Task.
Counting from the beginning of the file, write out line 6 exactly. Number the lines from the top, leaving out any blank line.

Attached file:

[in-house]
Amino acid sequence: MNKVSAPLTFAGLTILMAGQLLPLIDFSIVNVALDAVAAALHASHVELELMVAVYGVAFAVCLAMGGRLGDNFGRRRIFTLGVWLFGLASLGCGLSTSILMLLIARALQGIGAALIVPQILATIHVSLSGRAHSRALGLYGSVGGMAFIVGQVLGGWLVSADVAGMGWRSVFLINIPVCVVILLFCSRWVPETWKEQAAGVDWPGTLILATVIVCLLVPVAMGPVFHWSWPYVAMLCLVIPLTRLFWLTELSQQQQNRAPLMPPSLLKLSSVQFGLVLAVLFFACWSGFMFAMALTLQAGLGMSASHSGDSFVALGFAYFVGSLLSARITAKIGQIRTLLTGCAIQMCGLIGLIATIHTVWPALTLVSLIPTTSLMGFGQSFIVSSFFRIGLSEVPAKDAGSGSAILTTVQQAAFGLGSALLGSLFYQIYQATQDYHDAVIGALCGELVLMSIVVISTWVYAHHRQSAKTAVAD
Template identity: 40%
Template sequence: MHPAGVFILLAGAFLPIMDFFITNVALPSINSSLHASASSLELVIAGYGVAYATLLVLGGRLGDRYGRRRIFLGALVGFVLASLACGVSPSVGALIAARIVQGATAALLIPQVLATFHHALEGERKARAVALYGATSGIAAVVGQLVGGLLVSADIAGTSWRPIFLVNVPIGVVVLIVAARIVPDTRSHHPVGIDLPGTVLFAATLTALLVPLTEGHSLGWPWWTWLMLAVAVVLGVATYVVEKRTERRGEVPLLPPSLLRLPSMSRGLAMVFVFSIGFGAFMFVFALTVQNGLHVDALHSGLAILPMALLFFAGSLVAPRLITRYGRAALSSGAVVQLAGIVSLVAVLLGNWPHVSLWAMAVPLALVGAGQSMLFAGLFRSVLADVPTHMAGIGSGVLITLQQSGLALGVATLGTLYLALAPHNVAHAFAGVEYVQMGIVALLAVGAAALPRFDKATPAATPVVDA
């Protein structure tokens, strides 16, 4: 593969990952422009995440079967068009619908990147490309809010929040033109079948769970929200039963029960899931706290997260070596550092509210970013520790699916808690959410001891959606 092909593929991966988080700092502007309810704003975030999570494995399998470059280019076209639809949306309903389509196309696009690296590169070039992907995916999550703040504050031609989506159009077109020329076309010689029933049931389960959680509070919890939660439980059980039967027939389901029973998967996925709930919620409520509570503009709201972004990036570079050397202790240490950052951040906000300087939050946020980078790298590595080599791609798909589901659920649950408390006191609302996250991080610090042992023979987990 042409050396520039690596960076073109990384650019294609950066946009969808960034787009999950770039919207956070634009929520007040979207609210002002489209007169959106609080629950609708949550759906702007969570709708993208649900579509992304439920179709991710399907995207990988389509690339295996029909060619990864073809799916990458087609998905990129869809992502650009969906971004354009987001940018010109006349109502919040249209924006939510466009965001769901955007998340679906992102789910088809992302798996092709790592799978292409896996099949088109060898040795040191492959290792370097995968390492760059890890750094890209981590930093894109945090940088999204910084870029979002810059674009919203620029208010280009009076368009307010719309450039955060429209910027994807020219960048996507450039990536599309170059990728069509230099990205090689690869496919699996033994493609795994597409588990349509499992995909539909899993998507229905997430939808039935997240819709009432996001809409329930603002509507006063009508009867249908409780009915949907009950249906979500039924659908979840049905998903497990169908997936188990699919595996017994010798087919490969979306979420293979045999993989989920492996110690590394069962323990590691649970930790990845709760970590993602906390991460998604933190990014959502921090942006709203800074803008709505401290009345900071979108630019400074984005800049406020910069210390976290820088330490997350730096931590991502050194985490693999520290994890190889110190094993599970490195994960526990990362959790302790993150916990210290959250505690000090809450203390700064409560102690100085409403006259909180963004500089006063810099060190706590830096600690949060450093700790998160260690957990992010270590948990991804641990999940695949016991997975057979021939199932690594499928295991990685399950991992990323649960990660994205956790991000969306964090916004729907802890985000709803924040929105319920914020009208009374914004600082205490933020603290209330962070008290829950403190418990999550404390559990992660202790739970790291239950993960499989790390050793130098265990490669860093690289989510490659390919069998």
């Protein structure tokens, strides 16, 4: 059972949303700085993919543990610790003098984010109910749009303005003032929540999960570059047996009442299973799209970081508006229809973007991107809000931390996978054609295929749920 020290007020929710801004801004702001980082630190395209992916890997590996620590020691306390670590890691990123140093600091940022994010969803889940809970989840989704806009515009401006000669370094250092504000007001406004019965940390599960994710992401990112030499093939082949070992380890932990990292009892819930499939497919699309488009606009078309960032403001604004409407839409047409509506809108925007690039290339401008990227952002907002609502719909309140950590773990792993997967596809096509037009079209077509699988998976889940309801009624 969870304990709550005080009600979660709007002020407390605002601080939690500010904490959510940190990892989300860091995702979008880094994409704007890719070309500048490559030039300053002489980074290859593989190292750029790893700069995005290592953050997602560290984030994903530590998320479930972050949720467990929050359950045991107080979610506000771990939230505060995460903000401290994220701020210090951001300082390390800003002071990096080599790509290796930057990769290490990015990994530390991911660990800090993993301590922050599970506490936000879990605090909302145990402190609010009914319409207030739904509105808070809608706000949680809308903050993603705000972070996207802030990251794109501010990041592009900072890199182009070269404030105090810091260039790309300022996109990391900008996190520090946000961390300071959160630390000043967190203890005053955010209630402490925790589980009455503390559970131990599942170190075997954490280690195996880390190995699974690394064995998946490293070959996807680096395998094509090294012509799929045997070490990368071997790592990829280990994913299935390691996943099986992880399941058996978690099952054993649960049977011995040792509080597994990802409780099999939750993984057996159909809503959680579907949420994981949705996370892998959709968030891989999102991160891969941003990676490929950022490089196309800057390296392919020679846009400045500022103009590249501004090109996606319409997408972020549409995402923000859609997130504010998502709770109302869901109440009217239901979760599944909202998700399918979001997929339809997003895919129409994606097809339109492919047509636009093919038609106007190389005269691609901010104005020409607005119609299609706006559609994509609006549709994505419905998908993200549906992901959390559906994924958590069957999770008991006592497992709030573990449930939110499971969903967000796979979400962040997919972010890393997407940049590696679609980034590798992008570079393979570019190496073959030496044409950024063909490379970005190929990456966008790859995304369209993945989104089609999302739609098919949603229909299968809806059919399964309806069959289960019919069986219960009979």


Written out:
């Protein structure tokens, strides 16, 4: 059972949303700085993919543990610790003098984010109910749009303005003032929540999960570059047996009442299973799209970081508006229809973007991107809000931390996978054609295929749920 020290007020929710801004801004702001980082630190395209992916890997590996620590020691306390670590890691990123140093600091940022994010969803889940809970989840989704806009515009401006000669370094250092504000007001406004019965940390599960994710992401990112030499093939082949070992380890932990990292009892819930499939497919699309488009606009078309960032403001604004409407839409047409509506809108925007690039290339401008990227952002907002609502719909309140950590773990792993997967596809096509037009079209077509699988998976889940309801009624 969870304990709550005080009600979660709007002020407390605002601080939690500010904490959510940190990892989300860091995702979008880094994409704007890719070309500048490559030039300053002489980074290859593989190292750029790893700069995005290592953050997602560290984030994903530590998320479930972050949720467990929050359950045991107080979610506000771990939230505060995460903000401290994220701020210090951001300082390390800003002071990096080599790509290796930057990769290490990015990994530390991911660990800090993993301590922050599970506490936000879990605090909302145990402190609010009914319409207030739904509105808070809608706000949680809308903050993603705000972070996207802030990251794109501010990041592009900072890199182009070269404030105090810091260039790309300022996109990391900008996190520090946000961390300071959160630390000043967190203890005053955010209630402490925790589980009455503390559970131990599942170190075997954490280690195996880390190995699974690394064995998946490293070959996807680096395998094509090294012509799929045997070490990368071997790592990829280990994913299935390691996943099986992880399941058996978690099952054993649960049977011995040792509080597994990802409780099999939750993984057996159909809503959680579907949420994981949705996370892998959709968030891989999102991160891969941003990676490929950022490089196309800057390296392919020679846009400045500022103009590249501004090109996606319409997408972020549409995402923000859609997130504010998502709770109302869901109440009217239901979760599944909202998700399918979001997929339809997003895919129409994606097809339109492919047509636009093919038609106007190389005269691609901010104005020409607005119609299609706006559609994509609006549709994505419905998908993200549906992901959390559906994924958590069957999770008991006592497992709030573990449930939110499971969903967000796979979400962040997919972010890393997407940049590696679609980034590798992008570079393979570019190496073959030496044409950024063909490379970005190929990456966008790859995304369209993945989104089609999302739609098919949603229909299968809806059919399964309806069959289960019919069986219960009979």